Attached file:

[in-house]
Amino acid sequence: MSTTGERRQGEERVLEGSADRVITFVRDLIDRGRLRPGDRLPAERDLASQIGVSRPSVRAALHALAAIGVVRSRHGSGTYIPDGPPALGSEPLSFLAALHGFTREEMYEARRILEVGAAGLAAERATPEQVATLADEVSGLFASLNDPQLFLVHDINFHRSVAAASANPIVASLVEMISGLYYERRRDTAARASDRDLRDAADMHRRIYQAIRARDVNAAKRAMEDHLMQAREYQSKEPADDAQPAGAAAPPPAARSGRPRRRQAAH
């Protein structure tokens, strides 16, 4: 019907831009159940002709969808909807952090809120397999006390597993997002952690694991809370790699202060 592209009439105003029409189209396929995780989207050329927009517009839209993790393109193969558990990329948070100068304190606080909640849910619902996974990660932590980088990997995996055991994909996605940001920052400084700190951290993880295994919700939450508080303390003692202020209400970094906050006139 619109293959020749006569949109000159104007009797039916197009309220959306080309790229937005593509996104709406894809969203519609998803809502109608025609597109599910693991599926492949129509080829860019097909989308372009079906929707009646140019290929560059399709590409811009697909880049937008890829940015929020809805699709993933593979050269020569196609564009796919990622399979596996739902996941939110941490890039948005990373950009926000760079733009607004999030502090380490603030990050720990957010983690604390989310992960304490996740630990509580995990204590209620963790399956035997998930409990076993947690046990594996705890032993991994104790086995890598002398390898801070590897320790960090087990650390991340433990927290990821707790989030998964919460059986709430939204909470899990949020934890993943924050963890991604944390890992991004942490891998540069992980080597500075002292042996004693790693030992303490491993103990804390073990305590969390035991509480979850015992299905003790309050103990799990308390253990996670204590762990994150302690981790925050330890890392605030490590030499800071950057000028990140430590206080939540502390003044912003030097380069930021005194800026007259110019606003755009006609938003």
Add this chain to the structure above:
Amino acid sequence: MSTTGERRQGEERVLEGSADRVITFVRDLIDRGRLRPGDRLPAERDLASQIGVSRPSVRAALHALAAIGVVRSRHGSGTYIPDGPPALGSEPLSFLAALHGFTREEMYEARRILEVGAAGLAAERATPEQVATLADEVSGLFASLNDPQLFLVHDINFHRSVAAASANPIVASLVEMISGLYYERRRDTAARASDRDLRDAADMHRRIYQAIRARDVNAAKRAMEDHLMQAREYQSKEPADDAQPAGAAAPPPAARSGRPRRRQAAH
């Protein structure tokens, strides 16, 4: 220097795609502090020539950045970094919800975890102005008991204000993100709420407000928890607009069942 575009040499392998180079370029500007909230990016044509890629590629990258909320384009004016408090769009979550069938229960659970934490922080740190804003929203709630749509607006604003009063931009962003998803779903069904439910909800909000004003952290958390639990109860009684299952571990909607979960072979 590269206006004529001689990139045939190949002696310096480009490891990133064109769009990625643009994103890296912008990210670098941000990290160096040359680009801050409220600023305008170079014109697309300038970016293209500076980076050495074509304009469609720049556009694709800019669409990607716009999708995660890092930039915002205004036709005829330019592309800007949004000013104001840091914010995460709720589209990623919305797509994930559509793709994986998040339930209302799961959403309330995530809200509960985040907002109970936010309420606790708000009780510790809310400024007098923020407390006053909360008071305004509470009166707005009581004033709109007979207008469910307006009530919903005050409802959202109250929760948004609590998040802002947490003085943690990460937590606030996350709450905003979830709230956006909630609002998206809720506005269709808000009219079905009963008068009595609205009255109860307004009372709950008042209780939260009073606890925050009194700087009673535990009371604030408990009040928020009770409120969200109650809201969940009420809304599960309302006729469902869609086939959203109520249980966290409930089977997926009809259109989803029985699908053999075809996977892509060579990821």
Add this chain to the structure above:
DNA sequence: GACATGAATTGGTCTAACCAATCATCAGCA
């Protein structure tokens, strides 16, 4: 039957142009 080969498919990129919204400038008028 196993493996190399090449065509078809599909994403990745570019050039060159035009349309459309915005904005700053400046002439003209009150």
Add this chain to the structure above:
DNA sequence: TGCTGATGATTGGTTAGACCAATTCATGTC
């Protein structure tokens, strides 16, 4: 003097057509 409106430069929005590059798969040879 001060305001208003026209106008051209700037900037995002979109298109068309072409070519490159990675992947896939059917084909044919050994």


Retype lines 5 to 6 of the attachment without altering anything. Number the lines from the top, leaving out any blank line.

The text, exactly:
Amino acid sequence: MSTTGERRQGEERVLEGSADRVITFVRDLIDRGRLRPGDRLPAERDLASQIGVSRPSVRAALHALAAIGVVRSRHGSGTYIPDGPPALGSEPLSFLAALHGFTREEMYEARRILEVGAAGLAAERATPEQVATLADEVSGLFASLNDPQLFLVHDINFHRSVAAASANPIVASLVEMISGLYYERRRDTAARASDRDLRDAADMHRRIYQAIRARDVNAAKRAMEDHLMQAREYQSKEPADDAQPAGAAAPPPAARSGRPRRRQAAH
């Protein structure tokens, strides 16, 4: 220097795609502090020539950045970094919800975890102005008991204000993100709420407000928890607009069942 575009040499392998180079370029500007909230990016044509890629590629990258909320384009004016408090769009979550069938229960659970934490922080740190804003929203709630749509607006604003009063931009962003998803779903069904439910909800909000004003952290958390639990109860009684299952571990909607979960072979 590269206006004529001689990139045939190949002696310096480009490891990133064109769009990625643009994103890296912008990210670098941000990290160096040359680009801050409220600023305008170079014109697309300038970016293209500076980076050495074509304009469609720049556009694709800019669409990607716009999708995660890092930039915002205004036709005829330019592309800007949004000013104001840091914010995460709720589209990623919305797509994930559509793709994986998040339930209302799961959403309330995530809200509960985040907002109970936010309420606790708000009780510790809310400024007098923020407390006053909360008071305004509470009166707005009581004033709109007979207008469910307006009530919903005050409802959202109250929760948004609590998040802002947490003085943690990460937590606030996350709450905003979830709230956006909630609002998206809720506005269709808000009219079905009963008068009595609205009255109860307004009372709950008042209780939260009073606890925050009194700087009673535990009371604030408990009040928020009770409120969200109650809201969940009420809304599960309302006729469902869609086939959203109520249980966290409930089977997926009809259109989803029985699908053999075809996977892509060579990821």